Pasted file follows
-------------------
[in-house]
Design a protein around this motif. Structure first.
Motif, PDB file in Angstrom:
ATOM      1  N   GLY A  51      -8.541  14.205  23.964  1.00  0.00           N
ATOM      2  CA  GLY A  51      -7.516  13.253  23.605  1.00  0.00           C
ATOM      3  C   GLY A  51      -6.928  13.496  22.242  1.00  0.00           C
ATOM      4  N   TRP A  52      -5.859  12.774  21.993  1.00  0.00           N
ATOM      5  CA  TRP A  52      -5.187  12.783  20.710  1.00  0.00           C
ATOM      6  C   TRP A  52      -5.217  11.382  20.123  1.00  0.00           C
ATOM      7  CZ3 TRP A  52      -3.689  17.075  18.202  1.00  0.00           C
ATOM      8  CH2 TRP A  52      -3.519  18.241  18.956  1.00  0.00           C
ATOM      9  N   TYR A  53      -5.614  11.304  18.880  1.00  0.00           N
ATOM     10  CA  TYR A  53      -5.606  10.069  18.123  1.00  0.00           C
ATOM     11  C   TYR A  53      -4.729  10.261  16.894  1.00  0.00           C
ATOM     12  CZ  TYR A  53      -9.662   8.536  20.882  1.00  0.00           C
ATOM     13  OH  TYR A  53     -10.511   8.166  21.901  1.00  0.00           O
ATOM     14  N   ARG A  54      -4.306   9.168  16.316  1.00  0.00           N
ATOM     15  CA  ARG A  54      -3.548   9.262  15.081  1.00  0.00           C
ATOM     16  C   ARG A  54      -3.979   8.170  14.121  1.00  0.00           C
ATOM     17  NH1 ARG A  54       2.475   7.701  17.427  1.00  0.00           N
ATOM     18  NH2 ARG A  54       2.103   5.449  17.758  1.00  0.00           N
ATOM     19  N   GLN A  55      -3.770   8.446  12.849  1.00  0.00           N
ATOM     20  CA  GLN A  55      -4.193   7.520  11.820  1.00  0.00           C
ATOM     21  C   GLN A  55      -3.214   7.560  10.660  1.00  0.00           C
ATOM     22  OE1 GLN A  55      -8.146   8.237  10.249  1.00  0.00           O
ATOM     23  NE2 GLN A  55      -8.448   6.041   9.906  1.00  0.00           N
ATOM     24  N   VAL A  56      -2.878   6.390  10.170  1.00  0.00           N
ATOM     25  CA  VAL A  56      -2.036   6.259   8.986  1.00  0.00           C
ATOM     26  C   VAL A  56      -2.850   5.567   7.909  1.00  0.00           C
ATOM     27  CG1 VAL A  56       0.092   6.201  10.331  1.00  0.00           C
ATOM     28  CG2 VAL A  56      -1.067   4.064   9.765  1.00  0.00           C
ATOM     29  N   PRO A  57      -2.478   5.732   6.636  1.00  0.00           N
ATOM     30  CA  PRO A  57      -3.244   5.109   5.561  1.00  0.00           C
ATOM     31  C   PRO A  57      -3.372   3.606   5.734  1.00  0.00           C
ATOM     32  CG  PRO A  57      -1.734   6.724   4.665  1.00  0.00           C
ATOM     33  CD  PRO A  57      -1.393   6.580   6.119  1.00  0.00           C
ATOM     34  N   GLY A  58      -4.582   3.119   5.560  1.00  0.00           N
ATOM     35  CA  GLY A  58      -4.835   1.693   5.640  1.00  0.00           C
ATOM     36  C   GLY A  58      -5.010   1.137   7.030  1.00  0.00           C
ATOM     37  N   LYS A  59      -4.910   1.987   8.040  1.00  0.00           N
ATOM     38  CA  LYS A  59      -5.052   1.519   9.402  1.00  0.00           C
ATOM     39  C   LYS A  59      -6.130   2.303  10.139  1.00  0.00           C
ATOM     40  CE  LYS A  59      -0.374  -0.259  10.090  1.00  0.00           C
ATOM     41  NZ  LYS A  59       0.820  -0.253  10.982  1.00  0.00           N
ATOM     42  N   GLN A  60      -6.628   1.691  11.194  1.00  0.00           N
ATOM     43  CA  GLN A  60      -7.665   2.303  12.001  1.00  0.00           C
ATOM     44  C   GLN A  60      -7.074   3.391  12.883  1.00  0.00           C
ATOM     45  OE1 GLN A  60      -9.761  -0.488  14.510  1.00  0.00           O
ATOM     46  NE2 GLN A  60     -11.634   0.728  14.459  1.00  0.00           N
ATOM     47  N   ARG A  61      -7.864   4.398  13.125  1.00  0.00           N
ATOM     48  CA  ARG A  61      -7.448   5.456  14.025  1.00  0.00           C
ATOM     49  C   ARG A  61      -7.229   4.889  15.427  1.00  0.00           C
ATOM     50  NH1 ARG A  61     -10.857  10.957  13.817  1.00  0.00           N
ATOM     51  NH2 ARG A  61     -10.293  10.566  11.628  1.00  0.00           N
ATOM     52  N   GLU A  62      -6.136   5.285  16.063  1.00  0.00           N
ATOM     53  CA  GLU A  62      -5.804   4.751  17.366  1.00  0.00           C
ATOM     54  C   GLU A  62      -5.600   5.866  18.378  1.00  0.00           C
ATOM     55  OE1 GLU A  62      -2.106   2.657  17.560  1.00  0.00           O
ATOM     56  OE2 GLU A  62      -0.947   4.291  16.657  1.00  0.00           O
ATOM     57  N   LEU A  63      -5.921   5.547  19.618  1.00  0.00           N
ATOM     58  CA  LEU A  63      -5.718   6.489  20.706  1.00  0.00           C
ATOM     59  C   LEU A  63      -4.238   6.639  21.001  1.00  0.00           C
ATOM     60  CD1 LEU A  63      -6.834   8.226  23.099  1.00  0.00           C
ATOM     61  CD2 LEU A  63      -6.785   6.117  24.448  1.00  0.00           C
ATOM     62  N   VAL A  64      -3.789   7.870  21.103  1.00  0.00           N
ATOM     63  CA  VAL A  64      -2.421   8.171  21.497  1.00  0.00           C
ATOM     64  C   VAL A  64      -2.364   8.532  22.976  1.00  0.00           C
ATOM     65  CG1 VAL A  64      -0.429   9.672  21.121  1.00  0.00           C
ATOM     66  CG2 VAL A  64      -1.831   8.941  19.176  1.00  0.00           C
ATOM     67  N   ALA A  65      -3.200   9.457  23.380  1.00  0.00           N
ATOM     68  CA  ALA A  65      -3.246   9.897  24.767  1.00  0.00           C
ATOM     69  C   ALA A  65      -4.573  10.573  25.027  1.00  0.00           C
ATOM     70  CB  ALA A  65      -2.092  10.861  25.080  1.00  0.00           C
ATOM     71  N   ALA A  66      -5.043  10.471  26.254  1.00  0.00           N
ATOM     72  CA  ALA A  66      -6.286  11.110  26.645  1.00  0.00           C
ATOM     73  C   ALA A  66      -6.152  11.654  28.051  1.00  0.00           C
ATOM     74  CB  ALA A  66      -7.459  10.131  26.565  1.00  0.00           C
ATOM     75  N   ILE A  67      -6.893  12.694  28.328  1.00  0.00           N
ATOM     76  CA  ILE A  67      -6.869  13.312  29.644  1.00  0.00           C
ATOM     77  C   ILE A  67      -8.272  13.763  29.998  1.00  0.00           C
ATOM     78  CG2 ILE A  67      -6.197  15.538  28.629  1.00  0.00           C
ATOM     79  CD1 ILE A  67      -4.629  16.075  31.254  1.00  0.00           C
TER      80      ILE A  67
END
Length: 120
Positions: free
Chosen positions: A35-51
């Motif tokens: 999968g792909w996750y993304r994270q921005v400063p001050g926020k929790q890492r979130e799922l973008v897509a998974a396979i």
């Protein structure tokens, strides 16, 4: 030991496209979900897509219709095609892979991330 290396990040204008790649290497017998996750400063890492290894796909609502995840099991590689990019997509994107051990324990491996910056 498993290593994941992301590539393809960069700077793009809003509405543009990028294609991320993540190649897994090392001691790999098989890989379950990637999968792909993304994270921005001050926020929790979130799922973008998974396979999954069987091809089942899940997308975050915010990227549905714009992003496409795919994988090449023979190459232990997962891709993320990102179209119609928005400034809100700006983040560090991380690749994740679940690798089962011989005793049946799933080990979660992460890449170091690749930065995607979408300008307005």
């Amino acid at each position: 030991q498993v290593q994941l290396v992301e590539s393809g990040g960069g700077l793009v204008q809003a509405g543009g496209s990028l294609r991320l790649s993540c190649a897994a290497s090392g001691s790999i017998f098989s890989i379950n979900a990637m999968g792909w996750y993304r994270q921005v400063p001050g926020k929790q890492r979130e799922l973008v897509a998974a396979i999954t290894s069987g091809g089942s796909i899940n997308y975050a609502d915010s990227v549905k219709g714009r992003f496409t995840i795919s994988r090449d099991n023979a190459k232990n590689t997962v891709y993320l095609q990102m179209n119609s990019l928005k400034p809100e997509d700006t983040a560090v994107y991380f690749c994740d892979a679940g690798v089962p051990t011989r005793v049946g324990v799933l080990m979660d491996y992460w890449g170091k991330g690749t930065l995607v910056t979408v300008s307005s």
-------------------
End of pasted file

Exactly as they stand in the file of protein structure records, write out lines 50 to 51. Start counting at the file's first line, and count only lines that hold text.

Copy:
ATOM     47  N   ARG A  61      -7.864   4.398  13.125  1.00  0.00           N
ATOM     48  CA  ARG A  61      -7.448   5.456  14.025  1.00  0.00           C